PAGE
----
A couple of years back, I reviewed Marco Paoluzzo’s book about the Faroe Islands, Føroyar. This followed on from his other “Arctic series” books, Iceland and North/Nord. Finally, he has put together his magnum opus, Terra Borealis, with photography from Iceland, Greenland, the Faroes, Svalbard and Norway.
Terra Borealis has been out for about 6 months (and Marco was kind enough to send me a PDF proof over a year ago), so I’ve been a bit slow to write about it. Meanwhile it has been getting good reviews in various publications, and is currently being promoted on the site of the well recommended photo book retailer, Beyond Words. So this is old news.
Marco Paoluzzo is far from the typical landscape photographer - in fact I doubt he’d describe himself as that at all - even if landscapes figure large in his work. He has much more of a reportage view of the world, and is equally fascinated by the human presence in the landscape, or indeed shaping the landscape, as the place itself. He doesn’t photograph people very much, at least not in the Arctic, but he doesn’t shy away from the worst excesses of environmental damage, for example at Barentsburg, Svalbard. In this he reminds me a little of Edward Burtynsky, but less formal. He also shows a fascination with how man has managed to survive and prosper even in these harsh climates, not only in the more obvious Inuit communities, but also severe concrete constructions like those found in Kirkenes.
However, landscape, or perhaps better, “place”, figures very strongly. Since he uses only black and white, and generally avoids the heavy contrast, long exposure style of others such as Josef Hoflehner, this is almost a “decisive moment” approach. It’s certainly very individual, and may not appeal to the general landscape audience. It’s also in stark contrast (ha!) to the highly colorful Iceland “standard” style piled high in Keflavik airport - or indeed found all over Flickr. And it’s all the more refreshing for that. Terra Borealis is a book that requires, and rewards, a certain degree of engagement and time.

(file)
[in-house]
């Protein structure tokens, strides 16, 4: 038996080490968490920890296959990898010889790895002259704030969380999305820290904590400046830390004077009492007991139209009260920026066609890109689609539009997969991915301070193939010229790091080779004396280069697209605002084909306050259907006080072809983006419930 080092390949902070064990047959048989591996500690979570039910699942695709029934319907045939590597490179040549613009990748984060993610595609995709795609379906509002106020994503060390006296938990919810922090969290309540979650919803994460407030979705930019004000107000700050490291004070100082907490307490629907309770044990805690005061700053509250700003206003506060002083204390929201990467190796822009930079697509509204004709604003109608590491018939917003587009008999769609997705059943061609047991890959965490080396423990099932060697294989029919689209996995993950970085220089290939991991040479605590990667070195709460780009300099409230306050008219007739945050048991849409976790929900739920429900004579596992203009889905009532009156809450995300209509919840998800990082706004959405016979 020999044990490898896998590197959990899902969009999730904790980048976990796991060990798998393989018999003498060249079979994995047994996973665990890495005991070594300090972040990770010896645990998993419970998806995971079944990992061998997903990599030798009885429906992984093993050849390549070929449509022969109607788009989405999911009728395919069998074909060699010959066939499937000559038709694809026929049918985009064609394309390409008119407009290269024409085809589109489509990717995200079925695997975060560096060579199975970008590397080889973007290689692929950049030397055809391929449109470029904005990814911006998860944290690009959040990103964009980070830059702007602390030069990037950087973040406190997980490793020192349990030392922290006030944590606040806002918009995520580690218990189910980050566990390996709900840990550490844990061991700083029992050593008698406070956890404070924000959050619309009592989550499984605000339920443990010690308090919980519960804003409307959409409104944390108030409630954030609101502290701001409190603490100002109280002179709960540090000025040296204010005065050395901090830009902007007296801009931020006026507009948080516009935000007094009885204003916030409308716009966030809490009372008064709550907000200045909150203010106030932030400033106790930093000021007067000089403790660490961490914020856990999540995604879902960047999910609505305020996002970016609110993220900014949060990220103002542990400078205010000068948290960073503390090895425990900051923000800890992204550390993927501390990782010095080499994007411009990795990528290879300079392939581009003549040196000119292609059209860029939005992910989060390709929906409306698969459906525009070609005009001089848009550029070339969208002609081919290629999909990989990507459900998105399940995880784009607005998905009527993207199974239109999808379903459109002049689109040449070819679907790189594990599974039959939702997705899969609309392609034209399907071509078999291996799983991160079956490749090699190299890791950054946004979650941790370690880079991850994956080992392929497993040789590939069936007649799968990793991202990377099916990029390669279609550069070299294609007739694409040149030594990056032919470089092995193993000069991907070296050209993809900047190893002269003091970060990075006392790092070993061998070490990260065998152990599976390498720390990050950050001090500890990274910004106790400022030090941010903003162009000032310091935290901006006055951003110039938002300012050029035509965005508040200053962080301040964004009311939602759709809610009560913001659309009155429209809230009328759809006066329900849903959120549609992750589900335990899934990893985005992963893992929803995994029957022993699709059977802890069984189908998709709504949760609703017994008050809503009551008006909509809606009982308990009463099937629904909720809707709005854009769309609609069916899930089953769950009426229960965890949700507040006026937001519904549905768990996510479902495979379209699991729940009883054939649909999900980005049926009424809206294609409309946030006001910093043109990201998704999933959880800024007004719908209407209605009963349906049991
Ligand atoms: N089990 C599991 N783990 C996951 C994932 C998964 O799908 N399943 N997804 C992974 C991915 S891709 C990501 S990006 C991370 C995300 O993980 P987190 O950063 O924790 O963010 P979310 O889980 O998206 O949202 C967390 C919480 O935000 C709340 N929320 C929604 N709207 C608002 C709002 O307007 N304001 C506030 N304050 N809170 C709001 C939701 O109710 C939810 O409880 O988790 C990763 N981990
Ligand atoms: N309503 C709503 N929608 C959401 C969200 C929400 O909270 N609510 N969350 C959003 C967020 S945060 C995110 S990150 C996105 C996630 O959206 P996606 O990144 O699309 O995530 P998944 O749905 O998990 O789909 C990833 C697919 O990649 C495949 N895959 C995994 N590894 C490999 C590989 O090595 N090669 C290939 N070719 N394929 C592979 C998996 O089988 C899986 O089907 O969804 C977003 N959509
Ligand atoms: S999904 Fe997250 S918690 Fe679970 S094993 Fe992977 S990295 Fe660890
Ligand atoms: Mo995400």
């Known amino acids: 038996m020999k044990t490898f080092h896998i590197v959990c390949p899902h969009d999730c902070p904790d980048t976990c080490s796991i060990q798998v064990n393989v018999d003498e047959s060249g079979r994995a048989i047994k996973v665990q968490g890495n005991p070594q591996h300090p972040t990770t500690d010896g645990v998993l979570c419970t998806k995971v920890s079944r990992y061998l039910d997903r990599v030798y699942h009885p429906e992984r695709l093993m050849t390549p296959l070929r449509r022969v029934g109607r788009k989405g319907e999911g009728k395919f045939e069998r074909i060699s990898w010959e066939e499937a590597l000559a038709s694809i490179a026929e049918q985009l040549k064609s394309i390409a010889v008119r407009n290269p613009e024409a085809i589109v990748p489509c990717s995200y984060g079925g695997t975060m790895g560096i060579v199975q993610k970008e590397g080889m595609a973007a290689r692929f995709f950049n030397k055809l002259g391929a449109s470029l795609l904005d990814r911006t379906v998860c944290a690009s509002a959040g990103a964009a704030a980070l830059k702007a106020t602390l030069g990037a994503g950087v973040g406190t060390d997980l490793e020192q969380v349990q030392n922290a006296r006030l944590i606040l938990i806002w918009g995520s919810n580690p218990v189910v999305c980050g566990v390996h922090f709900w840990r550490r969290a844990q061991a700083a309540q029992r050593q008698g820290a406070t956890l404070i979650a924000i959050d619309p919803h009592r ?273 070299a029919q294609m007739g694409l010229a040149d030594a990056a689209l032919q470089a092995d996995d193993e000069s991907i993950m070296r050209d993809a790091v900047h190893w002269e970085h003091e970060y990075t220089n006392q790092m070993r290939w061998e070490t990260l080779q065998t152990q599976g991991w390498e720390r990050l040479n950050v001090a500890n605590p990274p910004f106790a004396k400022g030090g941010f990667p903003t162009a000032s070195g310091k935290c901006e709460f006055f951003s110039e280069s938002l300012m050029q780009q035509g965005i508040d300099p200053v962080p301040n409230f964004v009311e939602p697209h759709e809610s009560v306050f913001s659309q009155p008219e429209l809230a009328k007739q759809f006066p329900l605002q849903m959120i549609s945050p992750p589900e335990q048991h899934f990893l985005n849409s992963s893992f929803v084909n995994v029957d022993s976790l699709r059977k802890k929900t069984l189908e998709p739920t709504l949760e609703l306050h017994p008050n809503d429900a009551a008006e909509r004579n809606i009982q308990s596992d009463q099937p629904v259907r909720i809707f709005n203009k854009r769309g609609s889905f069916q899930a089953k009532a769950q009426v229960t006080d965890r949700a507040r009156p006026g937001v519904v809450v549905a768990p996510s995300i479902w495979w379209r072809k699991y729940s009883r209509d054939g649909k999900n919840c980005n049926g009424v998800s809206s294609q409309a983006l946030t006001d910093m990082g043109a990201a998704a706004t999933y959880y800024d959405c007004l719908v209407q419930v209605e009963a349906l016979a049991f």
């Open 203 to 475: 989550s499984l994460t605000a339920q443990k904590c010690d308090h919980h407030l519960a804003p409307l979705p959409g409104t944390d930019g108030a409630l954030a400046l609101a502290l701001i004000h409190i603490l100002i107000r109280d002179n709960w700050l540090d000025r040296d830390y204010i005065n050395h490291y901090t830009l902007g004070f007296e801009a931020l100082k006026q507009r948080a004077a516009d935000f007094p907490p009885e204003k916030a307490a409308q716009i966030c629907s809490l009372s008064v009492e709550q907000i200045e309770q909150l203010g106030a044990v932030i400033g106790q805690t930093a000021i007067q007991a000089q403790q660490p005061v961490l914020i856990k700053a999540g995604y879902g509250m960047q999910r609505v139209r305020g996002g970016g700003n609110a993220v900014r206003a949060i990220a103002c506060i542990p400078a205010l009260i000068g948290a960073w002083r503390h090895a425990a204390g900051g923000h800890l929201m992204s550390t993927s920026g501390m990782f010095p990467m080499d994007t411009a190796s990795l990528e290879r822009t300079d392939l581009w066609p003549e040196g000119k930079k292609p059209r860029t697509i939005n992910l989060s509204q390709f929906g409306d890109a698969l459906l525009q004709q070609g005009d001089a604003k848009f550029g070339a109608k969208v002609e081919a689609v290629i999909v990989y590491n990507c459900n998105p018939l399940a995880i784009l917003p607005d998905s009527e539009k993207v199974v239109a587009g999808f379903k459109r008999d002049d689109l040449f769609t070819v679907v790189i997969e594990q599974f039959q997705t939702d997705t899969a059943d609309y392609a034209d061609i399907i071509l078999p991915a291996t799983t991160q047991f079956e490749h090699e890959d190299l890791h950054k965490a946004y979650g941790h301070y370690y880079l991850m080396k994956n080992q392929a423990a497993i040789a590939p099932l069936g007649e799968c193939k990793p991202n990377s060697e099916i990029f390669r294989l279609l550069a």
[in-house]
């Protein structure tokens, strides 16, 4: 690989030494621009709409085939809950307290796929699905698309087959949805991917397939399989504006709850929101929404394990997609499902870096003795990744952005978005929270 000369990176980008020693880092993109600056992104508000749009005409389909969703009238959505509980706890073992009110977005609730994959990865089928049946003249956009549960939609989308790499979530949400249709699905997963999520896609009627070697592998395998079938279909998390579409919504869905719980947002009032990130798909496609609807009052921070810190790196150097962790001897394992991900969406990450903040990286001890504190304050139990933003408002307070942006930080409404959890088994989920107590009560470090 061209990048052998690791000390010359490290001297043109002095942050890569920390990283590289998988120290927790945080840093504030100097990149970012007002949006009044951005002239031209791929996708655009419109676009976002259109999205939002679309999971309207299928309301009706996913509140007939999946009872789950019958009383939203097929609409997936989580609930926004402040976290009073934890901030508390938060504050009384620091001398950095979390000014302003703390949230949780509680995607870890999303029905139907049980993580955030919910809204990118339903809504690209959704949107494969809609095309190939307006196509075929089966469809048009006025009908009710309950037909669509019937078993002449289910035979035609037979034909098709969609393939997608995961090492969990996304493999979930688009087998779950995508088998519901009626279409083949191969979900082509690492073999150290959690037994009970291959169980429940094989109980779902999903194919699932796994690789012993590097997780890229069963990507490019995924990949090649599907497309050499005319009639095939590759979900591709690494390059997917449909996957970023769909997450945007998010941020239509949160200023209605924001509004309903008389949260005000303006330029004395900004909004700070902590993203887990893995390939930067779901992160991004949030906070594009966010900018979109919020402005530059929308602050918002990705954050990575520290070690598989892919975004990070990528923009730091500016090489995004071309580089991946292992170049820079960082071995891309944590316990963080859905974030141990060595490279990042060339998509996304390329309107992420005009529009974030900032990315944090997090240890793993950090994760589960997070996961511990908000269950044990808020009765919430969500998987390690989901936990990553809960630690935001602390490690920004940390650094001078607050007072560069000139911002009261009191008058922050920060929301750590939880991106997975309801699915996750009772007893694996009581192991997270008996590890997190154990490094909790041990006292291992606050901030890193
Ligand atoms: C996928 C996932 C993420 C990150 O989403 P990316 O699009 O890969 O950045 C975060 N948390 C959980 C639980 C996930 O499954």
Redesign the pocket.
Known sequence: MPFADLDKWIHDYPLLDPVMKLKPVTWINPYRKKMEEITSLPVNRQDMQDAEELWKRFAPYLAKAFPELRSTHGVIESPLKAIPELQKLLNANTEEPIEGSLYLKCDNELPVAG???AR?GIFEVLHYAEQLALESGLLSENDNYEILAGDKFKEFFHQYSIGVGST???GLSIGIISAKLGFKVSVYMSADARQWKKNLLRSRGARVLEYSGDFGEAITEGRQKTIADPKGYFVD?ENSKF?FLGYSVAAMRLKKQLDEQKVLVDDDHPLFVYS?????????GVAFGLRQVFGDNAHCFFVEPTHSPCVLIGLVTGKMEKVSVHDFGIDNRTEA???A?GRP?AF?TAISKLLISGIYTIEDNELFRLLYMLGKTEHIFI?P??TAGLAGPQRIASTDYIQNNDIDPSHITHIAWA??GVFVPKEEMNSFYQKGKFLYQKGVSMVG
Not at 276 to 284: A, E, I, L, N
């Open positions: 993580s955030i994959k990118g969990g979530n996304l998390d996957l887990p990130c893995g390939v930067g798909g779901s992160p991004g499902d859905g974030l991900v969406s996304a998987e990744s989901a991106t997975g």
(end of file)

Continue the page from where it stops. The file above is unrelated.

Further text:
Personally it has a style which resonates with me, even if I’m no black & white photographer. There are strong undercurrents of wonder mixed with ironic humour, and more than a degree of quiet romanticism. Paoluzzo’s photography doesn’t grab you by the throat, it just invites you to contemplate for a while.
My personal favourite is from the back of the dustjacket. It’s a shot taken from a ship cruising up the west coast of Svalbard, and typically, Marco has framed the wild, empty landscape using the ship’s structure, and as you look, you become aware of the coffee cup tucked away in a corner, and just become part of the scene.
I don’t know where he can go from here with his Arctic series. Russia maybe ? But as you can see from his web site, he has plenty more tales to tell.
If you’ve got a bit of the Arctic in your soul, you need this book.